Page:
I never planned to write a novel, but something kept niggling at me. It was an event that would change my life. It was the story of my mother’s cousin, Kenneth, who had disappeared in Ft. Worth, Texas in 1963, and whose body was discovered in a sheriff’s department evidence closet where it had been laying forgotten and unidentified for forty years. He had been murdered.
Sharpe Shooter is based on that true story.
The main reason the body was never identified by his parents was that the original coroner misidentified the body as being that of a woman. No one was looking for this “Jane Doe.” So the remains were labeled and stored, gathering dust and leaving a family devastated by unanswered questions.
After the re-discovery of the body, the sheriff’s department sent the skeletal remains to a forensic anthropologist to recreate a model of the victim’s face. One of my aunt’s friends saw the picture in the newspaper, which led to Kenneth’s identification. We then buried him next to his parents forty years after his death.
I had been obsessed with the case since childhood. Many nights I would lay in bed wondering what on earth had led to his disappearance. I also became obsessed with dead people. When riding in a car down the highway, I would stare out the window looking for bodies on the side of the road. Weird, I know.
After Kenneth’s body was found, my curiosity grew stronger. One day when I was searching online for information for my family tree, I found an article written by a conspiracy theorist linking Kenneth’s 1963 death to Lee Harvey Oswald. Rubbish, of course. I was angry but relieved that my aunt and uncle weren’t around to read it.
About ten years later, when I retired from teaching, I decided to write a collection of essays called My Dead Relatives. I included Kenneth’s story as part of it.
After putting his story down on record, I was ready to close the chapter on Kenneth’s life. But to do so, I wanted to come up with a plausible explanation for his death—one that I could live with. That is when I came up with the story that is now the novel. I wanted the story to honor the person he was but bring resolution to the mystery.
I’m a big fan of non-fiction, mostly biography. But I’ve always loved a good mystery. I grew up reading my mother’s Agatha Christie books along with Trixie Belden and Nancy Drew. One of the biggest challenges was making the story contemporary, but having the timeframe fit the events of 1963 and the Kennedy assassination. It meant that Cora, the main character’s mother, would be in her late nineties. Kenneth, who is named Matthew in the story, would have been almost eighty. So, too, would be all the people who would have known him when he was alive.
If I had written the story ten years earlier when his body was actually found, it would have been much easier. Instead, I set the story fifty years after his disappearance rather than forty and did the best I could.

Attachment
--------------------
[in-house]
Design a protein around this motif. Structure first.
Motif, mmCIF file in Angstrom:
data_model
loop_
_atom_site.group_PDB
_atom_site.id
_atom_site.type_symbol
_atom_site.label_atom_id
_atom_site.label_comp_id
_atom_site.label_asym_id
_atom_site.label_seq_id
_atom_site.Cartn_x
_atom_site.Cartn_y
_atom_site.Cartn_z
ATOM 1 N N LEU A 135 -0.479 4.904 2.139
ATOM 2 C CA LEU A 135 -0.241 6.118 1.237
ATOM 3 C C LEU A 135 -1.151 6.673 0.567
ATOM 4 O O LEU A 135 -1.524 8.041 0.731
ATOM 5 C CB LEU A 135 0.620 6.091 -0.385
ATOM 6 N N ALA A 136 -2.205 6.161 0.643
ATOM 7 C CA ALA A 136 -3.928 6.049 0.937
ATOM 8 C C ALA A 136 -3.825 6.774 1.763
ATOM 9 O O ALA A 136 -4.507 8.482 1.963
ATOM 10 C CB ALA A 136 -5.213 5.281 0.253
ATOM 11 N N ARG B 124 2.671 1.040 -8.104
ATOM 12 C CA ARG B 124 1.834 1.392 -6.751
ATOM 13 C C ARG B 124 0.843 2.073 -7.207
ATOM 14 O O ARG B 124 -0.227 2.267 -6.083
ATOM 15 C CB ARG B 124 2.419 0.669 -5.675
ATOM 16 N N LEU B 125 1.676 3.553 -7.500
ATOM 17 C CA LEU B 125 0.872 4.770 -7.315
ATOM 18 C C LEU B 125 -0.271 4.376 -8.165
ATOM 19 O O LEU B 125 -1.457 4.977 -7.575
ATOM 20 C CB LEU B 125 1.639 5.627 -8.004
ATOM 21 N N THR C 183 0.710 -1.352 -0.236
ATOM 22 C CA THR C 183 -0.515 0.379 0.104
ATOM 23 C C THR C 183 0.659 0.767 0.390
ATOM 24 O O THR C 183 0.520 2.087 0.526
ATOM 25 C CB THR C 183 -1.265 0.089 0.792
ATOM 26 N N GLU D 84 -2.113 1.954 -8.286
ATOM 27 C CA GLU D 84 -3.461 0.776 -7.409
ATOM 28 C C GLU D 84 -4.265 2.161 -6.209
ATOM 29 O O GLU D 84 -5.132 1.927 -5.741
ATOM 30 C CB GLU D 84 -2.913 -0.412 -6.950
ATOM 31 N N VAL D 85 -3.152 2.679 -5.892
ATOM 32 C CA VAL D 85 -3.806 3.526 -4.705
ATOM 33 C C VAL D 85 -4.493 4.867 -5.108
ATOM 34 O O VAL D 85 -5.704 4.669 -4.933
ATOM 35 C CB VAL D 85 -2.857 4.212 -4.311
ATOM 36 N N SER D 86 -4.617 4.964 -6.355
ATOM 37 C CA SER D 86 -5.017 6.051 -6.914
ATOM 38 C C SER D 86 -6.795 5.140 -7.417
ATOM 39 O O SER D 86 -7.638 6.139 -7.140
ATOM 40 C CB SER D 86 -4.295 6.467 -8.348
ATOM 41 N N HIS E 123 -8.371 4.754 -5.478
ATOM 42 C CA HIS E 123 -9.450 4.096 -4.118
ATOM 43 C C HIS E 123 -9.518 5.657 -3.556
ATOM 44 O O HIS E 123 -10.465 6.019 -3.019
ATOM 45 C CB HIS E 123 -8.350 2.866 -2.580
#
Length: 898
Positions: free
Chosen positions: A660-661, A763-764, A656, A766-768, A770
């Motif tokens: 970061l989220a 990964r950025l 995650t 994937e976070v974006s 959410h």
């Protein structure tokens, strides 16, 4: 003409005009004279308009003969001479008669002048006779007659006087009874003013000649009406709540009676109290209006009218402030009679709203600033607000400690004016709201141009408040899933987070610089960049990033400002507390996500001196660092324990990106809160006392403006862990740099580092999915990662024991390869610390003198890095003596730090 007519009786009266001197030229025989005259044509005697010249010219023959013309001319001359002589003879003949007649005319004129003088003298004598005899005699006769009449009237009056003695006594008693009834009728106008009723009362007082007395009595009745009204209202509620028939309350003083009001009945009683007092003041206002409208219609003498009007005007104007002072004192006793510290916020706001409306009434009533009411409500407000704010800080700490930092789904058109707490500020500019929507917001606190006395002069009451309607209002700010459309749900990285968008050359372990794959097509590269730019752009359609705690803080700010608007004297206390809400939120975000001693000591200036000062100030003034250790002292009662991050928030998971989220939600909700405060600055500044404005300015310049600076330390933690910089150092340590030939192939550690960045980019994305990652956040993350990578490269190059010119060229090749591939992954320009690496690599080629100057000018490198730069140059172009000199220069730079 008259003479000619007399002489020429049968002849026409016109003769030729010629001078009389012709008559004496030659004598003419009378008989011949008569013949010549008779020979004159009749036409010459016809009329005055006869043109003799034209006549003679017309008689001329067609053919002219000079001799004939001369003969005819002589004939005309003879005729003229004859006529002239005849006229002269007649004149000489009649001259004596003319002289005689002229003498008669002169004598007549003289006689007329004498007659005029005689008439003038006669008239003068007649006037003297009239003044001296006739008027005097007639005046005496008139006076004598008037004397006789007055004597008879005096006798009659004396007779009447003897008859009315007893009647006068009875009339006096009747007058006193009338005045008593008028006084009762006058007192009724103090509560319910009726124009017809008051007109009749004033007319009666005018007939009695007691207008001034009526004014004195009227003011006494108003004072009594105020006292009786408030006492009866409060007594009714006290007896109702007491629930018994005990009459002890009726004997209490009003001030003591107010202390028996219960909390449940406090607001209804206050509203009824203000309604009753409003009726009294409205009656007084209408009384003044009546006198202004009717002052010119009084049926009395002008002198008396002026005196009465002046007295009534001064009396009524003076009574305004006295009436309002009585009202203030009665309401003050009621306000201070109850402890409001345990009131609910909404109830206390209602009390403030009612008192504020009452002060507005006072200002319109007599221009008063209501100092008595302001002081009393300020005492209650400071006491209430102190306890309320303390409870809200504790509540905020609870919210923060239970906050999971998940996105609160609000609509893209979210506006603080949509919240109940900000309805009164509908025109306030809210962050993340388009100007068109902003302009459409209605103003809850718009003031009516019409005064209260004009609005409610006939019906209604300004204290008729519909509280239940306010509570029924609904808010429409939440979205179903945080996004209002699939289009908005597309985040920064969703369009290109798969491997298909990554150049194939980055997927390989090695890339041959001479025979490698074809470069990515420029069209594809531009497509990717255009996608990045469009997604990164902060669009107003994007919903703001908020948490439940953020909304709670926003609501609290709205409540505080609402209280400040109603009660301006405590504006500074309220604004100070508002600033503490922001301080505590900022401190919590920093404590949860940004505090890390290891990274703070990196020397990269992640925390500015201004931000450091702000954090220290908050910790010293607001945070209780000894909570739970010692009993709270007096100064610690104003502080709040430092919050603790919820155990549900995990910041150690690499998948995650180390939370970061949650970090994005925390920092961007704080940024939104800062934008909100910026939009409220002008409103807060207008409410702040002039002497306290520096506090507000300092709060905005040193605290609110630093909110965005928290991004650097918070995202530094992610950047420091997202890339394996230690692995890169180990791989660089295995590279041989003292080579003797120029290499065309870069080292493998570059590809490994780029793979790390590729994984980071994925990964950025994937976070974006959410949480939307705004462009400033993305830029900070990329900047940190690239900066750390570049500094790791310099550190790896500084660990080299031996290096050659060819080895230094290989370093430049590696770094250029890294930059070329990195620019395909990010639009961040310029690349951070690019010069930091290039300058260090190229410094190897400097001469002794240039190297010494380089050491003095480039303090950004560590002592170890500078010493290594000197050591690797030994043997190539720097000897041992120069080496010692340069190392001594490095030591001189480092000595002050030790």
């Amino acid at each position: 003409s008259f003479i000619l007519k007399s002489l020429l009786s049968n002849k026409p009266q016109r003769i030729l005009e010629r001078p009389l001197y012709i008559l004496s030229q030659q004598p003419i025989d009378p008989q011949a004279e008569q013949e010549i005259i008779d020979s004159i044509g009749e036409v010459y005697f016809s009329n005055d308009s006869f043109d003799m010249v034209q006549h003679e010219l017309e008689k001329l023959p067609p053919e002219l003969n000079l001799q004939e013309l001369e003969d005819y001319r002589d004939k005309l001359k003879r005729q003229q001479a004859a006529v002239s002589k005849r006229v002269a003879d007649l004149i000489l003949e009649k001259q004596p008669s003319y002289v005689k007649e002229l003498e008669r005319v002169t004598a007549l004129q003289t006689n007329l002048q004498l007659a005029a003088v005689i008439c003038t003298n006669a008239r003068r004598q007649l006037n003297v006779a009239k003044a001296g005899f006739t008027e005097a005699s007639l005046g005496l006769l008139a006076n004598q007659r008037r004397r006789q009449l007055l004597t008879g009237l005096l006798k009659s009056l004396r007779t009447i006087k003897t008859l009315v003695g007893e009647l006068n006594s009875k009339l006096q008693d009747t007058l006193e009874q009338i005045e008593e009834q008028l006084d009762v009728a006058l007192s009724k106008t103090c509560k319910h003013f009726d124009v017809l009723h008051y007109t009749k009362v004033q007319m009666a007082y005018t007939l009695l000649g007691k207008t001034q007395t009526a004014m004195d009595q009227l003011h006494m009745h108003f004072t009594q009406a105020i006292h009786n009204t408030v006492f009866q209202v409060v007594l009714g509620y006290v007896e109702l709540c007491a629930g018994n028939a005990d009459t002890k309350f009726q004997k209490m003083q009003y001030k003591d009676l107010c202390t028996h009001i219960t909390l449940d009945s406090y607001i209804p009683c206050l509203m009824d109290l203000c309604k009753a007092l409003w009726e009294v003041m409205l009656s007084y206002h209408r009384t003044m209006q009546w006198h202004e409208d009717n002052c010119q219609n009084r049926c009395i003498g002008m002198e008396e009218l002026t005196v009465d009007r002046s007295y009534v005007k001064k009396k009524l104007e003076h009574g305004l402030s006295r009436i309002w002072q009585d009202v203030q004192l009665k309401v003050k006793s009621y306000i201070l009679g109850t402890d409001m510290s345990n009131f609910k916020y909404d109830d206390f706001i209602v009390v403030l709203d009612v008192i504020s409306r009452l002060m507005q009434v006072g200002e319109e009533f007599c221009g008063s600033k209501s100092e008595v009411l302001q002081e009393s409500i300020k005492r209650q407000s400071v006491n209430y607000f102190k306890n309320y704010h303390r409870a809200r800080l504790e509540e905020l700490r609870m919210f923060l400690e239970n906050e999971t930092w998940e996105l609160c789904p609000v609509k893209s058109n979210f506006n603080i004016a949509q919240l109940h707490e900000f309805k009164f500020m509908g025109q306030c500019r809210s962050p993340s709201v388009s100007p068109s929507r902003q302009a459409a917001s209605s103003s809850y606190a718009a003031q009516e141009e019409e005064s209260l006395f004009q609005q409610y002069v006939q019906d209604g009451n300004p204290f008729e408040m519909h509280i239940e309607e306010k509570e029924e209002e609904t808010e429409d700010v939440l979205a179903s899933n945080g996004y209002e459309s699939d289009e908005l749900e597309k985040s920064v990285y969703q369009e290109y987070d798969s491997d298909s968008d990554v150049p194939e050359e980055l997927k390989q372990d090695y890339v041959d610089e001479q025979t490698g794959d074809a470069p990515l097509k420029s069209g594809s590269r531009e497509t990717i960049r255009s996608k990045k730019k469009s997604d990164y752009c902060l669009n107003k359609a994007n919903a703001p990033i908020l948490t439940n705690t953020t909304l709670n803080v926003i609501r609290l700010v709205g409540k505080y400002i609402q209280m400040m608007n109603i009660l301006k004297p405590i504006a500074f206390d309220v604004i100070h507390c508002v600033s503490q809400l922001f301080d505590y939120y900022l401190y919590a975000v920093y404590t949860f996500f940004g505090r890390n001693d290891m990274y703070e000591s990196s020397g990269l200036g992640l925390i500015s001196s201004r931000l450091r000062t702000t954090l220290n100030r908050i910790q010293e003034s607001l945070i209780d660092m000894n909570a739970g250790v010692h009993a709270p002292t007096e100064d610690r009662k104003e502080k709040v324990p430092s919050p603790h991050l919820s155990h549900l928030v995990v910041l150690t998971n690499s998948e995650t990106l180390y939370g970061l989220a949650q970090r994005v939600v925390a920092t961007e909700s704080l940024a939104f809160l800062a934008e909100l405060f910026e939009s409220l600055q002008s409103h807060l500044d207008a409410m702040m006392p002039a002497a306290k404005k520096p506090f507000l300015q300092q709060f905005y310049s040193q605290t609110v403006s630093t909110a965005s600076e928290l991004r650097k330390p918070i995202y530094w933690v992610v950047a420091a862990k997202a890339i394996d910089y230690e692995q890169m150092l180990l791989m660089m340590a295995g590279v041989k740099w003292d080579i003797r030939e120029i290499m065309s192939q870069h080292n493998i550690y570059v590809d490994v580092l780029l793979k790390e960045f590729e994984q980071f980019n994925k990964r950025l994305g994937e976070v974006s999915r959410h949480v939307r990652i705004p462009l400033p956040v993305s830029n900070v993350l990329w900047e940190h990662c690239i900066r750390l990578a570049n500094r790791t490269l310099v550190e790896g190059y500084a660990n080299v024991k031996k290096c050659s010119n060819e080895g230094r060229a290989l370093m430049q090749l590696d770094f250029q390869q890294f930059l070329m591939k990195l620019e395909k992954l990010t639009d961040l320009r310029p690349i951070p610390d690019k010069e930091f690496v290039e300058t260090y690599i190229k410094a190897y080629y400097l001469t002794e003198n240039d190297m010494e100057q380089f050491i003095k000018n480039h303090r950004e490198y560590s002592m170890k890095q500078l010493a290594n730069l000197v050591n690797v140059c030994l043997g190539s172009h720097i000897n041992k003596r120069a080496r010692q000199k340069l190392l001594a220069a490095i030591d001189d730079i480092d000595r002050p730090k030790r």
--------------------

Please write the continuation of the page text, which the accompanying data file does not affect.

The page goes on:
In the process, I fell in love with fiction writing. I turned the book into a series and am working on the fourth installment now. You can find Sharpe Shooter and the Cozy Suburbs Mystery Series on Amazon in paperback and ebook.
Buy Sharpe Shooter and Lisa’s other books:
Born and raised in Texas, Lisa Thomas always knew she wanted to be a writer. Finally, after thirty-three years as a high school Journalism and English teacher, she released her first novel. Having grown up reading Trixie Belden, Nancy Drew, and Agatha Christie, she was drawn to the mystery genre.
With two grown children out of the nest, she lives a quiet life with her husband and Peekapoo puppy. Besides writing, she enjoys her grandchildren, photography, traveling, and antiquing (aka. buying and selling used junk).
If you like classic-style cozy mysteries, be sure to download her Cozy Suburbs Mystery Series books. In Sharpe Shooter, follow Deena Sharpe, a burned-out high school teacher in Texas, as she tries to solve the fifty-year-old murder of her uncle before a mysterious author implicates him in his latest conspiracy theory.
In Sharpe Edge, a Christmas party turns tragic when the hostess ends up dead. Deena needs to help find the killer before he—or she—strikes again.
The third book in the series, Sharpe Mind, takes on a paranormal twist. Along with a new psychic in town, Maycroft has another murder to solve. Ghosts, bats, and mysterious happenings challenge Deena to unwind this twisted tale.
I’d like to thank Lisa for stopping by to share her very fascinating story with us! Wow, that is just amazing! So dear readers, have you ever become fascinating with something in your family’s history? Been haunted by old and far off things?
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